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Wal-Mart's Video Download Service

Frank Ahrens

Wal-Mart launched a beta-version of its video-download service this week, entering a rapidly growing space.

By one account, the system leaves a lot to be desired. But beta is beta; that's why it's called that. Kinks get worked out.

The real story here is what the presence -- finally -- of the world's largest retailer will mean to video downloads?

Wal-Mart's foray into digital downloads thus far has been frankly, and surprisingly, unremarkable.

The super-retailer has run a music-download site for three years where it sells songs for 88 cents each, undercutting Steve Jobs and his iTunes store by 11 cents.

That's what Wal-Mart does: uses its immense monopsony power to buy in volume and undercut rivals by price.

When Wal-Mart started selling digital songs, lots of folks predicted it would mean the ruin of Apple's service. Lots of folks were wrong.

Wal-Mart has not made the transition from bricks-and-mortar retail giant (that's their DNA -- getting people in stores, wandering among pallets of gallon-sized jars of pickles) to online retailer. Riddle me this: Did you even know Wal-Malt sold songs online? You know why? Probably because their songs aren't compatible with the most popular mp3 player -- the iPod.


Nevertheless, Wal-Mart is a major player in Hollywood: It is the studios's largest buyer of DVDs. Last year, while chasing this story, several Hollywood studio insiders told me this is why Jobs only got Disney (where he sits on the board) to sign up for his movie-download service last fall. The price he set for his movies -- $9.99 -- undercuts Wal-Mart's DVD price, which irritated Wal-Mart. (Don't like it when the foot's on the other hand, eh?) The other big studios -- Sony, Paramount, Warner Bros., etc. -- didn't want to tick off their best customer so they have thus far passed on joining Jobs's service.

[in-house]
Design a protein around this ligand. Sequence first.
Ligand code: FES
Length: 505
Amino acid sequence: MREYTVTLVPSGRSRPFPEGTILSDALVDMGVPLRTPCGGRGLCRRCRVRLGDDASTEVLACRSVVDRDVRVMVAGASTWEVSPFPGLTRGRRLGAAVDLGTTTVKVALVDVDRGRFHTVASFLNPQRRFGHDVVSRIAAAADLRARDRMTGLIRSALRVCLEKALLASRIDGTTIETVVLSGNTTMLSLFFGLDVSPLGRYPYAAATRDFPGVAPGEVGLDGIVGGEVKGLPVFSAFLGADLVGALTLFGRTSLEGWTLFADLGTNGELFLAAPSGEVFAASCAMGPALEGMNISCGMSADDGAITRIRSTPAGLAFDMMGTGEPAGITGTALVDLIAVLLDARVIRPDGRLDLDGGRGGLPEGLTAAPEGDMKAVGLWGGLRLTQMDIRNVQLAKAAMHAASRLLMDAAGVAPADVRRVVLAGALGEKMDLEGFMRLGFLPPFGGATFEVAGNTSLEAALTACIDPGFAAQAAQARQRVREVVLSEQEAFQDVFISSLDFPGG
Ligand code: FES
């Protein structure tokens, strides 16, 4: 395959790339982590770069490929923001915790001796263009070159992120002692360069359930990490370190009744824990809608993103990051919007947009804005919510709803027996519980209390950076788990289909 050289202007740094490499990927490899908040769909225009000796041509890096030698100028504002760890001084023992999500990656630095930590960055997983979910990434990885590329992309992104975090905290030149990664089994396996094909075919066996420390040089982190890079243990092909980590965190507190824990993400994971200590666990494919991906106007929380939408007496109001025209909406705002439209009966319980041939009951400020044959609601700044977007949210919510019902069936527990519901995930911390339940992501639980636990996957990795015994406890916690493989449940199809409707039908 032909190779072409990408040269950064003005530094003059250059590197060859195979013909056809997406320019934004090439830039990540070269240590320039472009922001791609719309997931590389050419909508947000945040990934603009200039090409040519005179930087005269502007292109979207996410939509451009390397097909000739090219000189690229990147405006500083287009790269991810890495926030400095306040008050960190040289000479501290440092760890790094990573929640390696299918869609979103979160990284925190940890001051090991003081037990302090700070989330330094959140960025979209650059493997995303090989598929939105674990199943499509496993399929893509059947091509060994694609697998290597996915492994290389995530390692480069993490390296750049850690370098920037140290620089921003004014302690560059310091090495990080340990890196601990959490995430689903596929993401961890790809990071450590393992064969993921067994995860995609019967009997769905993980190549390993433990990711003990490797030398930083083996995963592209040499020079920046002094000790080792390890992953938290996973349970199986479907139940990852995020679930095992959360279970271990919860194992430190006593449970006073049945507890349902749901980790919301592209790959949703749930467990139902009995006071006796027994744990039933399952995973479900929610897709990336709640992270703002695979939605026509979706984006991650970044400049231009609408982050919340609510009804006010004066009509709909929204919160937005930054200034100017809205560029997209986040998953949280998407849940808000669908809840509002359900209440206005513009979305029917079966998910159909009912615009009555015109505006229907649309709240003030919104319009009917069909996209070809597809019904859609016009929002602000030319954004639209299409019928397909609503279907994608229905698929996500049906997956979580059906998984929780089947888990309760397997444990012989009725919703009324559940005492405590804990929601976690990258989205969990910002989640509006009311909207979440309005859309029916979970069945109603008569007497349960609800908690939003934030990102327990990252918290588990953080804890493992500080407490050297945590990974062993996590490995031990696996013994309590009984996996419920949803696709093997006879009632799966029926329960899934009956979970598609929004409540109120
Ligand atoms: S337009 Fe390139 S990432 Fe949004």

Now, not surprisingly, Wal-Mart's service has all the major studios on-board. But Wal-Mart does not offer the easy-to-use techno-ecosystem that Apple does: buy a movie on Apple's iTunes and it plays on Apple's iPod, easy as pie.

This is shaping up to be a great retail battle.

What do you think? Have any of you tried Wal-Mart's movie-download service yet? Will you?

By Frank Ahrens  |  February 9, 2007; 2:25 PM ET  | Category:  Frank Ahrens
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Please email us to report offensive comments.

I believe the word you are looking for is "monopsony".

Posted by: Jim | February 9, 2007 3:46 PM

Typo. Fixed. Thanks, Jim!

Frank Ahrens

Posted by: Frank Ahrens | February 9, 2007 5:00 PM

Why shouldn't Wal Mart get good at download. Apple has it one way too long. European ruling could open technology. Go Wal Mart! Lower prices for everything benefits us all.

Posted by: Michael Kudla | February 9, 2007 6:21 PM